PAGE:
Q Regarding help from congressional representatives, about four years ago my son injured his back while working. He had to have major spine surgery.
He was having great difficulty convincing the Social Security Administration of his complete inability to ever work again.
Doctors and a hearing officer said he would never work again.
Still, he was denied disability benefits.
I helped him write letters to Sens. Dianne Feinstein and Barbara Boxer outlining the entire debacle and asking that someone intervene on his behalf.
Feinstein assigned one of her top aides to delve into the problem.
Within three weeks my son received notice from the Social Security office that he had been awarded disability coverage.
We are absolutely certain that had Feinstein not intervened he would have been denied a third time.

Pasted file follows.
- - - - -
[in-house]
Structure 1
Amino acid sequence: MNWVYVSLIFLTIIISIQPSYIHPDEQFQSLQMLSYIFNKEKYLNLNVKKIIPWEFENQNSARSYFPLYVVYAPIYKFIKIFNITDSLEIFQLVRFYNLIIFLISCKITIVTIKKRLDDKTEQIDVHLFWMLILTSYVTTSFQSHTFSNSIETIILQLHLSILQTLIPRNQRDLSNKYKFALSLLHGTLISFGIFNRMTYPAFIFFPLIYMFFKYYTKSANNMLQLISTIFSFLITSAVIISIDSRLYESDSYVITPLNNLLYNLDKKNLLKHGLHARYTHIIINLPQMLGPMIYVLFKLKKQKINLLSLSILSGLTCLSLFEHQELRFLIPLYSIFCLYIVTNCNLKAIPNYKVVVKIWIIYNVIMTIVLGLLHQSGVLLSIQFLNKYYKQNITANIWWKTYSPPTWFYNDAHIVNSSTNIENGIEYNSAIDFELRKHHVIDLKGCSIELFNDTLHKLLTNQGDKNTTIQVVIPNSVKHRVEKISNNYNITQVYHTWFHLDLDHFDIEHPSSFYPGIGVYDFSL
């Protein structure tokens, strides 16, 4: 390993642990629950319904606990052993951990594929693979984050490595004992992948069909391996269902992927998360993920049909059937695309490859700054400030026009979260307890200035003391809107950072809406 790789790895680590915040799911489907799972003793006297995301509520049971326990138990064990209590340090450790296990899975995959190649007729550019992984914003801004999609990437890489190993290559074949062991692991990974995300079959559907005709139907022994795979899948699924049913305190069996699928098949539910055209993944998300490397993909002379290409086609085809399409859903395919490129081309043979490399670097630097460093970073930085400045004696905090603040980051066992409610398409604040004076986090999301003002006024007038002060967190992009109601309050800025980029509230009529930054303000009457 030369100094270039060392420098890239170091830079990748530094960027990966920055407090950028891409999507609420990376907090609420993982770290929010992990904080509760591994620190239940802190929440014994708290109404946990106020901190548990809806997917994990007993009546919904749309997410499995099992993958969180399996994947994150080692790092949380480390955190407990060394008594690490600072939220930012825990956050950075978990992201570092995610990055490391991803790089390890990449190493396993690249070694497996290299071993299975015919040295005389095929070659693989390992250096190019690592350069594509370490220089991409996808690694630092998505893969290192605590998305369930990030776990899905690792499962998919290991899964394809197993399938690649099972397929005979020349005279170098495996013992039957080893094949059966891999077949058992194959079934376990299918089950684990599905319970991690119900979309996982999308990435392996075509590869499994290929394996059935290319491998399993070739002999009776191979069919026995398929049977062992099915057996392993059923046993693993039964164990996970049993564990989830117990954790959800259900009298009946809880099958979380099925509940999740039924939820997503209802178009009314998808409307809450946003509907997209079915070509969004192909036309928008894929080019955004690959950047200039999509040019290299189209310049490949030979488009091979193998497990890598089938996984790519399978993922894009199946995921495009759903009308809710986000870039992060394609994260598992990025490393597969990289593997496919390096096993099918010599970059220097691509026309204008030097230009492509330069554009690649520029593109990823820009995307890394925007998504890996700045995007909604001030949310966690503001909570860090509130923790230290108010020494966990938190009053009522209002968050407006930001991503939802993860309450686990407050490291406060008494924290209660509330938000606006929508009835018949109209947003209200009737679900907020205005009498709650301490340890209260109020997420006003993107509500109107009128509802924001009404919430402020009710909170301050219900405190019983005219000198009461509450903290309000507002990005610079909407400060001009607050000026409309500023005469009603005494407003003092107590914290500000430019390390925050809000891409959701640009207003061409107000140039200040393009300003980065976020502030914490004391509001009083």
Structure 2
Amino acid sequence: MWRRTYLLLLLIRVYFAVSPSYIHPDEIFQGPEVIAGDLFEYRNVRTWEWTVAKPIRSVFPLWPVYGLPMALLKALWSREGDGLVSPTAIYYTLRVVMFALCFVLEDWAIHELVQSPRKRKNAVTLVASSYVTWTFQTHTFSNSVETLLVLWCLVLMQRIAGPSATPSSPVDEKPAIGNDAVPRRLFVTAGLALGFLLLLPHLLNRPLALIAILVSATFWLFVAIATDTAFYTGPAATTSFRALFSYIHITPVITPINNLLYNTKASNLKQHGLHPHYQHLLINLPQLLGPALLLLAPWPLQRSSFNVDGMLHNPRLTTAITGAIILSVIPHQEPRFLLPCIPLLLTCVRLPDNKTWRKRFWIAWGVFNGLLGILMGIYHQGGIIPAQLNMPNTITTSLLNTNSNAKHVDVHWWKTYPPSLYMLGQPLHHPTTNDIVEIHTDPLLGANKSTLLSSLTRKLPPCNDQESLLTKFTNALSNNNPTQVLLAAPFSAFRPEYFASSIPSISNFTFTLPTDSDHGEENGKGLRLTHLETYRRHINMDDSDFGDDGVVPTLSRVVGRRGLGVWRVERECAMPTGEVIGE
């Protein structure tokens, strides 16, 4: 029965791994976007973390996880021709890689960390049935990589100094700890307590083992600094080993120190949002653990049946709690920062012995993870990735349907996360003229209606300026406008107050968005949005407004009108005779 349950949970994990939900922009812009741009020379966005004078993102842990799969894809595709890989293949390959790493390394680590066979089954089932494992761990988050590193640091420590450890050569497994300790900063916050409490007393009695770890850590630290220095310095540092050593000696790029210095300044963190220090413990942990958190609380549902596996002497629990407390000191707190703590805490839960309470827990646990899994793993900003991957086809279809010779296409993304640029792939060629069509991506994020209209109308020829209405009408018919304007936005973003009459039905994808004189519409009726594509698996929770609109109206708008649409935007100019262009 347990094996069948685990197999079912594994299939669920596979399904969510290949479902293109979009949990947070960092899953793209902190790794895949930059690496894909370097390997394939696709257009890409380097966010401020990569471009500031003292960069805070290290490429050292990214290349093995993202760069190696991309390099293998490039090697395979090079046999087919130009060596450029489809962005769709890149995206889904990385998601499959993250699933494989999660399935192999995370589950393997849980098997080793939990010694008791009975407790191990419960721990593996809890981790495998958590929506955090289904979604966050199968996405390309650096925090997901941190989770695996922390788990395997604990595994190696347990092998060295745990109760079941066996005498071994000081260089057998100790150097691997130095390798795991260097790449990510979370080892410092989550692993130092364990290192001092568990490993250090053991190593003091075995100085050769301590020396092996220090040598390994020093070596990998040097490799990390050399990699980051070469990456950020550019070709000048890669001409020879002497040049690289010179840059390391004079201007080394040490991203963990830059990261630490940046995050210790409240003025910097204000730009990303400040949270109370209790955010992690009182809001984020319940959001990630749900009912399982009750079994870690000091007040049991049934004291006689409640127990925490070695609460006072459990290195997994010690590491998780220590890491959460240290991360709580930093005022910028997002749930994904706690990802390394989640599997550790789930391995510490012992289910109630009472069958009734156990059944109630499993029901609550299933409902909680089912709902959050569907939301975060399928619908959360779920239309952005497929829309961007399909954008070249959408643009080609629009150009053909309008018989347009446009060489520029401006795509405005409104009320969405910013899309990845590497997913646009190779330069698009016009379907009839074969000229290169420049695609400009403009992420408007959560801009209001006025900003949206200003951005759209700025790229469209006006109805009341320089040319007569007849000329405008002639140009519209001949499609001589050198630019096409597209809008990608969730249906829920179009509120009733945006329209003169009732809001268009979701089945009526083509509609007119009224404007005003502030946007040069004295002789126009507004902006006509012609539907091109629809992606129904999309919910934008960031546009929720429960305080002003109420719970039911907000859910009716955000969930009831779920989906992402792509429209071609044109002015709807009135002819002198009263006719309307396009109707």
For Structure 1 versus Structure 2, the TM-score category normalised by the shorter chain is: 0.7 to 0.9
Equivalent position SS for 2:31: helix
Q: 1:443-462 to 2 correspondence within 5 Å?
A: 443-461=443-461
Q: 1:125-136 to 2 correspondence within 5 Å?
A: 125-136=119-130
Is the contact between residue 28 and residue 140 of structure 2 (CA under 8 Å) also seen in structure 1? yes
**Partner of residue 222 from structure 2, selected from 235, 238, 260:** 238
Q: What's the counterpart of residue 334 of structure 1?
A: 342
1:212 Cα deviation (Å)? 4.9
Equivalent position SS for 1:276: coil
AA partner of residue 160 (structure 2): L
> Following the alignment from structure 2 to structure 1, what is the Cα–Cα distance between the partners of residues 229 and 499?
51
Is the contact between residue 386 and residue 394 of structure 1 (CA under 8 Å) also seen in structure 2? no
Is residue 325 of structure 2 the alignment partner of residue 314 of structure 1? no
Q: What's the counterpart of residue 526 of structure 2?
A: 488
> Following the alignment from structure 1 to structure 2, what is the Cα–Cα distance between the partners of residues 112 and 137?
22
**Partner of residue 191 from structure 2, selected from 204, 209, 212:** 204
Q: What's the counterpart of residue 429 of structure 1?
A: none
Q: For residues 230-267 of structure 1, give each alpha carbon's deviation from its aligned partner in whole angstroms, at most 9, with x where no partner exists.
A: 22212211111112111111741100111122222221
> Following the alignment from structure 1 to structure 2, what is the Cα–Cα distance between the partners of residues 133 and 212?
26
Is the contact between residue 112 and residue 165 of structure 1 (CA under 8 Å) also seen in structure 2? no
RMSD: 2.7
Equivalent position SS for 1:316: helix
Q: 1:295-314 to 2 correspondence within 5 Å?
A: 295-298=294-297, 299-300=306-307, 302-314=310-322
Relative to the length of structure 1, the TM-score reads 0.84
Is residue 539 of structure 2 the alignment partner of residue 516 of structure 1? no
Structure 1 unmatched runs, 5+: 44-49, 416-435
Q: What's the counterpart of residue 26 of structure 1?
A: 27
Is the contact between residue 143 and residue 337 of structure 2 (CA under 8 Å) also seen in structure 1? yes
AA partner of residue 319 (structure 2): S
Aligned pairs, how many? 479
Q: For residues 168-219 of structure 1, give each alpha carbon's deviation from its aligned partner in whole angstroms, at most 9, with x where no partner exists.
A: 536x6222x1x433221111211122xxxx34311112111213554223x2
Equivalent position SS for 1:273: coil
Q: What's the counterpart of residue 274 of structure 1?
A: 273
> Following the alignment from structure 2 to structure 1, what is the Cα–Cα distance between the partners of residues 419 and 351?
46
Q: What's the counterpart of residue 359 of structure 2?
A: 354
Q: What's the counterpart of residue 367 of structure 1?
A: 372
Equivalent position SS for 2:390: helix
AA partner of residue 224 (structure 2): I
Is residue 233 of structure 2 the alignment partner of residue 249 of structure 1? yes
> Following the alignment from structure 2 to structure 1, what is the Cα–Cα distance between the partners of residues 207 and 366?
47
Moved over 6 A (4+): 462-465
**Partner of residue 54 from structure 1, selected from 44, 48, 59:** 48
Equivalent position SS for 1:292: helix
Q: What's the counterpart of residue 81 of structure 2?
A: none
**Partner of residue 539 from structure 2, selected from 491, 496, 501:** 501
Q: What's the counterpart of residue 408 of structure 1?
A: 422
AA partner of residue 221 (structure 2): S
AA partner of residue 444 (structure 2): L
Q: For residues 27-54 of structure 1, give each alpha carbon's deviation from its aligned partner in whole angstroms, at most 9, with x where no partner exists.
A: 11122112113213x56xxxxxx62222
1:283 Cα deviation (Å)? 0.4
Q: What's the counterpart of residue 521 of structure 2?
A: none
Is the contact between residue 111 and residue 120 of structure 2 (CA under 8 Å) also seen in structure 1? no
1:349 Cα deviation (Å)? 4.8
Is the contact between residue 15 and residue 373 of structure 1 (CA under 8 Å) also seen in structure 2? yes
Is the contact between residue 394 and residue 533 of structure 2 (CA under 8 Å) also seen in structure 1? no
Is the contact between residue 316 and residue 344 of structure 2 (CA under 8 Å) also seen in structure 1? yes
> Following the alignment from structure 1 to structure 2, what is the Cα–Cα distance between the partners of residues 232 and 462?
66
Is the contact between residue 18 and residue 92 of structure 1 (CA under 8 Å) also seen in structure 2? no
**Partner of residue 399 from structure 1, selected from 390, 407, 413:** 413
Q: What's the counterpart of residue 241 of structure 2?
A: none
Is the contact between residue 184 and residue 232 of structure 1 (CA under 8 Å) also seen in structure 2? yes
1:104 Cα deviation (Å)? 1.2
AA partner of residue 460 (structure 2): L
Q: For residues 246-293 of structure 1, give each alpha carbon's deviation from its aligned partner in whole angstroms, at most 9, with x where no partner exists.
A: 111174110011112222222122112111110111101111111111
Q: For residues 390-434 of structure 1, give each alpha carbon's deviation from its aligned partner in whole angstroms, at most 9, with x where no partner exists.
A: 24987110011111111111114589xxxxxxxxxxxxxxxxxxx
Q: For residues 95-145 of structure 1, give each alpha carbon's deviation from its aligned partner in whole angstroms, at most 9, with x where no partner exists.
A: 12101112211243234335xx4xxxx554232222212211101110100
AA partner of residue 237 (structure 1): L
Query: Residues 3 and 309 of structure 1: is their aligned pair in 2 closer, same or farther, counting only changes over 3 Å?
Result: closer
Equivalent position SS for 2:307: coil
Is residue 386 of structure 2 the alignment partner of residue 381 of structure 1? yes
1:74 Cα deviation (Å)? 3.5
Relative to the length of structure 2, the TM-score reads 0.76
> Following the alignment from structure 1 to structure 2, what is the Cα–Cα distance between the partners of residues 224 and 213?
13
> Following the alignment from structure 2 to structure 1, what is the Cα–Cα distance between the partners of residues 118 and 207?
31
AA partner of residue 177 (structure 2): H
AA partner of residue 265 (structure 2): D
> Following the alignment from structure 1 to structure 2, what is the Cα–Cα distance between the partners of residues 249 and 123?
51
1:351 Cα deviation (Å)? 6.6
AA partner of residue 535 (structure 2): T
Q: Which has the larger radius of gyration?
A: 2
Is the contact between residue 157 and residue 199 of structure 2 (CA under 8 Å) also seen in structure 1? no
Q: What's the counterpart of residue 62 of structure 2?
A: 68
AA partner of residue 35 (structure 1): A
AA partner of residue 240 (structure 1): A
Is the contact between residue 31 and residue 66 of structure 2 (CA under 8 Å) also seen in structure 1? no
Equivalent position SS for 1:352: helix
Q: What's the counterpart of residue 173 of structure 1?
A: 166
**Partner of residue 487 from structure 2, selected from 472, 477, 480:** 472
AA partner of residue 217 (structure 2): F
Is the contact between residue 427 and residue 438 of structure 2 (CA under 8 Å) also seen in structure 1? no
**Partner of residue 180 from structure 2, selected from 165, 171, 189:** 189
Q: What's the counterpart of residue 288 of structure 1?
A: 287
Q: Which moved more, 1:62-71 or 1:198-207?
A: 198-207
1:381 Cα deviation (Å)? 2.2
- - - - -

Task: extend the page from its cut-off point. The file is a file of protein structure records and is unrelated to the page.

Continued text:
P.S. I have also written letters for other problems such as non-payment of rebates with the notation "cc: Action Line" and always get immediate attention.
Thanks for having such a strong reputation that vendors and manufacturers hurry to resolve complaints in order to avoid having their names published in the newspaper.Gloria DeJarlar
A Thanks, Gloria. From the mail I'm getting, it looks like the folks in congressional offices can really make things happen. So, if you have a problem with a federal agency, get in touch with your local representatives. You'll find their contacts information on the Web or in the phone book.
Sep 2, 2007
Getting Congressional Help
This bit of naivete is from Mercury News:
I call this naivete because all that results from contacting a Congressman or Senator about a pending Social Security case is a meaningless exchange of form letters, with the Senator or Congressman getting all the credit if the claim happens to be approved. Funny, but the Congressional representatives never seem to get the blame for denials and delays.